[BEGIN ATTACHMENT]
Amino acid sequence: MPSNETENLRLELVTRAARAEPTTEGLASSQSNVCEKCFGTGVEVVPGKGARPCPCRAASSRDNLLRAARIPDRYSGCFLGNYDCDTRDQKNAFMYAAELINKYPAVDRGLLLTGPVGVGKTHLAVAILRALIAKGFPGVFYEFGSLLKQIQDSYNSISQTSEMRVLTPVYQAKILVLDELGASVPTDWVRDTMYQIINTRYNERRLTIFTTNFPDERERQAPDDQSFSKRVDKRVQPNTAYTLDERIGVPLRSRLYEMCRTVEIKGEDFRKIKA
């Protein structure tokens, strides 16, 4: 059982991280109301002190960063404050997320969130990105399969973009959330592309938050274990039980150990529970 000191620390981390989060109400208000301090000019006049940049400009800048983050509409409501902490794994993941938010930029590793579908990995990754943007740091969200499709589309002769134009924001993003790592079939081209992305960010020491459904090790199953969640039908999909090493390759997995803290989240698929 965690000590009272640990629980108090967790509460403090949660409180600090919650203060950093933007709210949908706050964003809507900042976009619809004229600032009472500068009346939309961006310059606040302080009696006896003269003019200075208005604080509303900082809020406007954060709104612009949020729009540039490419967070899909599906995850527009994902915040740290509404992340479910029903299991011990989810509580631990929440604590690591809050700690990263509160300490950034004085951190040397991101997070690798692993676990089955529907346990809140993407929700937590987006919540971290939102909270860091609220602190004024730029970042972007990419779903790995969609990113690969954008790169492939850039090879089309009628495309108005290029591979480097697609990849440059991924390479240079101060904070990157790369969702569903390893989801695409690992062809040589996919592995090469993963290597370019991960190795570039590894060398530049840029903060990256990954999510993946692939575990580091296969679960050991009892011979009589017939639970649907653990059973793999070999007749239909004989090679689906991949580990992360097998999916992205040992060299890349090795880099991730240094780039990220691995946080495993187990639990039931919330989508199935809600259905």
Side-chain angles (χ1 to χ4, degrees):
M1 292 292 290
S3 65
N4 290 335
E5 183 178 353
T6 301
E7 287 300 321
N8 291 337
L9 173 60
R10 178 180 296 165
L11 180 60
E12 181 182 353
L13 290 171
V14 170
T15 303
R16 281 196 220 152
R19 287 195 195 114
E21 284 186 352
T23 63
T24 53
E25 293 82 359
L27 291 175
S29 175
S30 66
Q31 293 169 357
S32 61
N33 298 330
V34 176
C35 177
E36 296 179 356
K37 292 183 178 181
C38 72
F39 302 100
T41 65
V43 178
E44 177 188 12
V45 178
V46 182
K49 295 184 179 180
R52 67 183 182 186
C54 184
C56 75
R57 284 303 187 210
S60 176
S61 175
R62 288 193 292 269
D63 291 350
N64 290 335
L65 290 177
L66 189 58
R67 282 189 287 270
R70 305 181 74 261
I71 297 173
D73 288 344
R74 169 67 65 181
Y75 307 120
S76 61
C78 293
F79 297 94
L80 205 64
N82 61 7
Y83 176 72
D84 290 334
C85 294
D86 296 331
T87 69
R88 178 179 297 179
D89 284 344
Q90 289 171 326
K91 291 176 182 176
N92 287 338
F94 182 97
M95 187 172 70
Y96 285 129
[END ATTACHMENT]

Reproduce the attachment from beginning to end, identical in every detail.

Amino acid sequence: MPSNETENLRLELVTRAARAEPTTEGLASSQSNVCEKCFGTGVEVVPGKGARPCPCRAASSRDNLLRAARIPDRYSGCFLGNYDCDTRDQKNAFMYAAELINKYPAVDRGLLLTGPVGVGKTHLAVAILRALIAKGFPGVFYEFGSLLKQIQDSYNSISQTSEMRVLTPVYQAKILVLDELGASVPTDWVRDTMYQIINTRYNERRLTIFTTNFPDERERQAPDDQSFSKRVDKRVQPNTAYTLDERIGVPLRSRLYEMCRTVEIKGEDFRKIKA
């Protein structure tokens, strides 16, 4: 059982991280109301002190960063404050997320969130990105399969973009959330592309938050274990039980150990529970 000191620390981390989060109400208000301090000019006049940049400009800048983050509409409501902490794994993941938010930029590793579908990995990754943007740091969200499709589309002769134009924001993003790592079939081209992305960010020491459904090790199953969640039908999909090493390759997995803290989240698929 965690000590009272640990629980108090967790509460403090949660409180600090919650203060950093933007709210949908706050964003809507900042976009619809004229600032009472500068009346939309961006310059606040302080009696006896003269003019200075208005604080509303900082809020406007954060709104612009949020729009540039490419967070899909599906995850527009994902915040740290509404992340479910029903299991011990989810509580631990929440604590690591809050700690990263509160300490950034004085951190040397991101997070690798692993676990089955529907346990809140993407929700937590987006919540971290939102909270860091609220602190004024730029970042972007990419779903790995969609990113690969954008790169492939850039090879089309009628495309108005290029591979480097697609990849440059991924390479240079101060904070990157790369969702569903390893989801695409690992062809040589996919592995090469993963290597370019991960190795570039590894060398530049840029903060990256990954999510993946692939575990580091296969679960050991009892011979009589017939639970649907653990059973793999070999007749239909004989090679689906991949580990992360097998999916992205040992060299890349090795880099991730240094780039990220691995946080495993187990639990039931919330989508199935809600259905």
Side-chain angles (χ1 to χ4, degrees):
M1 292 292 290
S3 65
N4 290 335
E5 183 178 353
T6 301
E7 287 300 321
N8 291 337
L9 173 60
R10 178 180 296 165
L11 180 60
E12 181 182 353
L13 290 171
V14 170
T15 303
R16 281 196 220 152
R19 287 195 195 114
E21 284 186 352
T23 63
T24 53
E25 293 82 359
L27 291 175
S29 175
S30 66
Q31 293 169 357
S32 61
N33 298 330
V34 176
C35 177
E36 296 179 356
K37 292 183 178 181
C38 72
F39 302 100
T41 65
V43 178
E44 177 188 12
V45 178
V46 182
K49 295 184 179 180
R52 67 183 182 186
C54 184
C56 75
R57 284 303 187 210
S60 176
S61 175
R62 288 193 292 269
D63 291 350
N64 290 335
L65 290 177
L66 189 58
R67 282 189 287 270
R70 305 181 74 261
I71 297 173
D73 288 344
R74 169 67 65 181
Y75 307 120
S76 61
C78 293
F79 297 94
L80 205 64
N82 61 7
Y83 176 72
D84 290 334
C85 294
D86 296 331
T87 69
R88 178 179 297 179
D89 284 344
Q90 289 171 326
K91 291 176 182 176
N92 287 338
F94 182 97
M95 187 172 70
Y96 285 129